Daft Punk’s Tron: Legacy has been one of the most anticipated and hyped electronic music releases of the year.
Die hard fans have been waiting since it was first announced that Daft Punk would be scoring Tron: Legacy. And the Disney hype machine has whipped up enough buzz for Tron 2 that most people have already had a preview of the film and soundtrack.
Does the Daft Punk Tron: Legacy soundtrack live up to the hype?
If you’re expecting a great cutting-edge soundtrack or a great Daft Punk album, the Tron: Legacy soundtrack doesn’t really deliver.
If, on the other hand, you thought that Daft Punk bit off more than they could chew taking on scoring a major motion picture soundtrack and following in Wendy Carlos’s footsteps – you may be pleasantly surprised.
The Tron: Legacy soundtrack is a agreeable collection of short tracks, most of which combine orchestra and synths to various degrees.
The soundtrack sounds huge – there’s no doubt that it will be effective as background to Tron’s visuals. The combination of brass, strings and deep electronic bass shakes the room.
Daft Punk’s music, though, is less satisfying. Most of the soundtrack conforms to dance music norms: compressed sound, rigid 4/4 meter and 16-beat sequences. This tends to emasculate the power of the orchestra, removing meter, dynamics and tempo changes as expressive options.
Daft Punk’s Guy-Manuel de Homem-Christo and Thomas Bangalter also make surprisingly conservative use of the orchestrational possibilities of both the orchestra and electronics. For the most part, the strings play minor key ostinati, brass play “pads” and synths are used to add deep bass. It’s not unlike the way Philip Glass extended the orchestra with synths on soundtracks like Koyaanisqatsi, 30 years ago.
As a result, most of the soundtrack doesn’t sound especially “Daft Punk”.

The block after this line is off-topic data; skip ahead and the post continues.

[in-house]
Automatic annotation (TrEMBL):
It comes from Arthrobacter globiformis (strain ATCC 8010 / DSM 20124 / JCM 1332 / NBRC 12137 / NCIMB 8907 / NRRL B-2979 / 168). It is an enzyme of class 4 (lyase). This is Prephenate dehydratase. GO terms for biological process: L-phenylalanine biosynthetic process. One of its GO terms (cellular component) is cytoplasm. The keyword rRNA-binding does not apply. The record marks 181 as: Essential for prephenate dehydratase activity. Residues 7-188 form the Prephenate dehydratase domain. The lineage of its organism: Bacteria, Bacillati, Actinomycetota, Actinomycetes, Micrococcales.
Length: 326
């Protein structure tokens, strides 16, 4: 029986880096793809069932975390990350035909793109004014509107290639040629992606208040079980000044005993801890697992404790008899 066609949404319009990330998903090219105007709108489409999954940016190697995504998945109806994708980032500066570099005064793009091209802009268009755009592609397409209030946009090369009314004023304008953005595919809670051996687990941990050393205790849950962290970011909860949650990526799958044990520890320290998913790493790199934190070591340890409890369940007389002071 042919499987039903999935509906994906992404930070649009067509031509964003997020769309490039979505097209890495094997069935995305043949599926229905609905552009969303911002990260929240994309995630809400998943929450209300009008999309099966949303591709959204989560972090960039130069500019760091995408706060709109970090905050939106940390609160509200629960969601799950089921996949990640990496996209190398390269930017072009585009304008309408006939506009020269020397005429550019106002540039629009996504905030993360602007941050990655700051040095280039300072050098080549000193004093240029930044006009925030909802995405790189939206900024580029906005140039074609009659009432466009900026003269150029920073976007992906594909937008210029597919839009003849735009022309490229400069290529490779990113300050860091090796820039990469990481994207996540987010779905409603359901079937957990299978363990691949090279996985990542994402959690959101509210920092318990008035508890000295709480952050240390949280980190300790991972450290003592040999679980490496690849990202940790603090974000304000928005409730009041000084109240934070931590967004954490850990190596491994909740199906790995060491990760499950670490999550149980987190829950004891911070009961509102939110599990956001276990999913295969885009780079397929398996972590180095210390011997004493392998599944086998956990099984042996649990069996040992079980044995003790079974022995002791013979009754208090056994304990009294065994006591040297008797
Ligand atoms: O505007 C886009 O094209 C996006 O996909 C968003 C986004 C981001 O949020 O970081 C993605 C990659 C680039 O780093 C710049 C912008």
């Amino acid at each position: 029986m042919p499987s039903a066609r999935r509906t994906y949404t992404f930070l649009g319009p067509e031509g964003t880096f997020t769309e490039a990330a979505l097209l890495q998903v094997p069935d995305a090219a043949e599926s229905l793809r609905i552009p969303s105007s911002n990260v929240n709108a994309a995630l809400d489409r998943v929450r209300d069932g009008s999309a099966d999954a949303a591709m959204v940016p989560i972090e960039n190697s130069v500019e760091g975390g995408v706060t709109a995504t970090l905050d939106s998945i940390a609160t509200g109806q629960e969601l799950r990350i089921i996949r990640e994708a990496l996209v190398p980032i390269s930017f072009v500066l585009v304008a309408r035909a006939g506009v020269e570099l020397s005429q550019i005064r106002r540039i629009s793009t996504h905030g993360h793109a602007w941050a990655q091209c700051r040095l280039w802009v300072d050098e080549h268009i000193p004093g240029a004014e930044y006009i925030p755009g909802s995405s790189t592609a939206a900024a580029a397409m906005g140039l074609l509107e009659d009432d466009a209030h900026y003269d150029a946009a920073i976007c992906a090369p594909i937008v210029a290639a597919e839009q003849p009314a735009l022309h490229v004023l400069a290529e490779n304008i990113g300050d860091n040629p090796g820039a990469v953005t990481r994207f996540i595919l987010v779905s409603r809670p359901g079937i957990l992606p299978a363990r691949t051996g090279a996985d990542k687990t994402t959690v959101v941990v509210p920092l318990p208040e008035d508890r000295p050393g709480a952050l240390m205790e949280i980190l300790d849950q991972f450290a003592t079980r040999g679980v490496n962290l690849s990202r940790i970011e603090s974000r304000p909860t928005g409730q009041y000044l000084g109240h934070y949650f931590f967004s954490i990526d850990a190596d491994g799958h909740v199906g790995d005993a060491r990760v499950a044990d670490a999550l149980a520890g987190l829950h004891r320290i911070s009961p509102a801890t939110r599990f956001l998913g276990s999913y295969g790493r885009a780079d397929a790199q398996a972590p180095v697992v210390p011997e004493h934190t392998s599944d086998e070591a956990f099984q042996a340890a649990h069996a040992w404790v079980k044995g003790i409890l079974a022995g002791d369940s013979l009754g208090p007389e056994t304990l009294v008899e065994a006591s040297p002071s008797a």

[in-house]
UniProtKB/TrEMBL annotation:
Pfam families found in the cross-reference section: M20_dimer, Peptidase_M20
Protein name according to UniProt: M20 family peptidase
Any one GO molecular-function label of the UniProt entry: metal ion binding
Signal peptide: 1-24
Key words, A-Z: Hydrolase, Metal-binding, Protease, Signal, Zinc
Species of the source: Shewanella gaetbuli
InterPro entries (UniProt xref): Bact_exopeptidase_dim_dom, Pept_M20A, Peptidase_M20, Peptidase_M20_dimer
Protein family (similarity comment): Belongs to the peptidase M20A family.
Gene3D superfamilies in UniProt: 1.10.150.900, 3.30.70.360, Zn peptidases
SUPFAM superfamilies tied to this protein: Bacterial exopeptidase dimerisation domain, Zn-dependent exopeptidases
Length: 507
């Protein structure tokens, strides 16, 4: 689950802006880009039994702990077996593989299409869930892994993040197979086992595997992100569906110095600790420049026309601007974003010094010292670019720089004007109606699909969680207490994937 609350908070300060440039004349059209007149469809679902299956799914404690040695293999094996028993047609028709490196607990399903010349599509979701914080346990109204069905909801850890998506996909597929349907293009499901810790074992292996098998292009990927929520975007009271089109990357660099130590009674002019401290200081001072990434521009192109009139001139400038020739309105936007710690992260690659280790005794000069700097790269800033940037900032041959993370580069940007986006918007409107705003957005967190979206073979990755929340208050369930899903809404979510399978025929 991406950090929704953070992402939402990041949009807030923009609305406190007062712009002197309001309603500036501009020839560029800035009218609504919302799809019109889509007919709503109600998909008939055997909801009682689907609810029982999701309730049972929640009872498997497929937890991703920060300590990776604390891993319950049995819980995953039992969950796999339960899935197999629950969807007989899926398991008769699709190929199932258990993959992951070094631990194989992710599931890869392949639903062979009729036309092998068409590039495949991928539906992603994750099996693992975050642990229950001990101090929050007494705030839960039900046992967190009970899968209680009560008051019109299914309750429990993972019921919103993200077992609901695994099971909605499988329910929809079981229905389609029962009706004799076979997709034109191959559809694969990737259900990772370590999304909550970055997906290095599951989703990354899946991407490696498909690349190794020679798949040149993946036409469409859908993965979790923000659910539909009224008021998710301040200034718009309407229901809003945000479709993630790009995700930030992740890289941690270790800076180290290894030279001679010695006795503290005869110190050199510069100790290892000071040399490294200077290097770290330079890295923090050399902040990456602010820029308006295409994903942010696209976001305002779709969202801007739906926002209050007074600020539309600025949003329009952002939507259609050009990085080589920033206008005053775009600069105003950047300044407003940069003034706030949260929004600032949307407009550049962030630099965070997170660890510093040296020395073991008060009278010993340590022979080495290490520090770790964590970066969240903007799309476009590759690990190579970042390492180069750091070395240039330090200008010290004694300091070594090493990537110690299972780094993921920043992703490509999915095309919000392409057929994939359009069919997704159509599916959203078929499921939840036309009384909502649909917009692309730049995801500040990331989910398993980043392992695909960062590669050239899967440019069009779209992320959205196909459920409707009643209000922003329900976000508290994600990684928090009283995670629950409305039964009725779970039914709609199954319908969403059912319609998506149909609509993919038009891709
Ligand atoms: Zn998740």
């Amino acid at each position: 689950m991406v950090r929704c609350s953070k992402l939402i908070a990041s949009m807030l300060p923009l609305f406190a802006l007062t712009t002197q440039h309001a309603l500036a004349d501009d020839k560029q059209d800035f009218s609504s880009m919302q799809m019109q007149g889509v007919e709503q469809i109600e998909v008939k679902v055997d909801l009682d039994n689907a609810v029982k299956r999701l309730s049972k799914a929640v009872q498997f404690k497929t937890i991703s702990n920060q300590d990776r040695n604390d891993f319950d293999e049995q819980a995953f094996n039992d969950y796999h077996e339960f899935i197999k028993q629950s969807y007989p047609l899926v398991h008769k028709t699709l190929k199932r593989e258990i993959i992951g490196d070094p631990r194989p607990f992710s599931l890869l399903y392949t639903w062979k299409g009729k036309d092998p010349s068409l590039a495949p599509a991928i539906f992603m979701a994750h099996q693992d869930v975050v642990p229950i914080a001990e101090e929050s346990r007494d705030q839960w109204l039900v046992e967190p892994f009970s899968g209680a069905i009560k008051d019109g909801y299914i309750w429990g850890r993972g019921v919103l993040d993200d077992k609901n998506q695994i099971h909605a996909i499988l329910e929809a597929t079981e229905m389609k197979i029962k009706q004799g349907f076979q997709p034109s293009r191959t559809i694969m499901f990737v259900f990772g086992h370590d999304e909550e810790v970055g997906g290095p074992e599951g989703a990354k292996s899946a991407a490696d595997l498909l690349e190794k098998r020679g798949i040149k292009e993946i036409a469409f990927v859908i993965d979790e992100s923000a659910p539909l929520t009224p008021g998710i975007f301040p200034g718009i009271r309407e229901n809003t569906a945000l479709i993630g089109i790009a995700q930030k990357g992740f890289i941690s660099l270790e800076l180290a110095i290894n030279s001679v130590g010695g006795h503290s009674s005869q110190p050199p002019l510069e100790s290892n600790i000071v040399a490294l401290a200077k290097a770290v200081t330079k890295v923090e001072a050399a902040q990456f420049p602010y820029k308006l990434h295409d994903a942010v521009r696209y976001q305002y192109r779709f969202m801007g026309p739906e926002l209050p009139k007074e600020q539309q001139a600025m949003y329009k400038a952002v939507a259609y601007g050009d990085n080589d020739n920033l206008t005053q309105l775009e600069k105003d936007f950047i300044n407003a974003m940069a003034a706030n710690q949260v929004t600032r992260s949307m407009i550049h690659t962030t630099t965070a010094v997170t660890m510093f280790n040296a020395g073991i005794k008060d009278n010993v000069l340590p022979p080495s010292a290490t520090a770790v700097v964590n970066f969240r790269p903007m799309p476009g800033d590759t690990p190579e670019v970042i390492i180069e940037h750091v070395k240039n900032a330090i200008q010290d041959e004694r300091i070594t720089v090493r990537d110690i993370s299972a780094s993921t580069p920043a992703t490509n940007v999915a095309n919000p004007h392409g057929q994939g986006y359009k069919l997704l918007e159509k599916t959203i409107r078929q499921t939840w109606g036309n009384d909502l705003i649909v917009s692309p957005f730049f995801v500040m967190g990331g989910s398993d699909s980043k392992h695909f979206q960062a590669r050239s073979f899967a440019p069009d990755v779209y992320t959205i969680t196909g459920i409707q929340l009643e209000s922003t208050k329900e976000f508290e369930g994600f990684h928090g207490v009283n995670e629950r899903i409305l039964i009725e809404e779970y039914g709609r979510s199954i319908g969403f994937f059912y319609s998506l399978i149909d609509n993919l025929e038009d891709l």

Putting aside the hype, though, the Wendy Carlos legacy, and inflated expectations for Daft Punk – the Tron: Legacy soundtrack can be enjoyed for its own merits.
Daft Punk’s more electronic tracks on the soundtrack, like Derezzed, draw on the duo’s electronic dance music strengths. Several tracks, like Solar Sail, feature arrangements that skillfully blend orchestral and electronic elements.
And the score includes several primarily orchestral pieces, including the Overture, Adagio For Tron and Finale, that are neo-classical surprises. You may find yourself wondering if the music is still Daft Punk. The Overture, especially, takes advantage of the power of the orchestra, starting quietly with strings and horn and then building to a bombastic, brassy climax.
The soundtrack is also Journey-free.
All-in-all, there’s a lot to recommend Daft Punk’s Tron: Legacy soundtrack. There’s more to the duo than dance music and robot suits, and their score for Tron: Legacy has me wondering what they will do next.
The Tron: Legacy soundtrack is currently available at Amazon for $7.99.
If you’ve listened to the Tron: Legacy soundtrack, leave a comment and let us know what you think of it!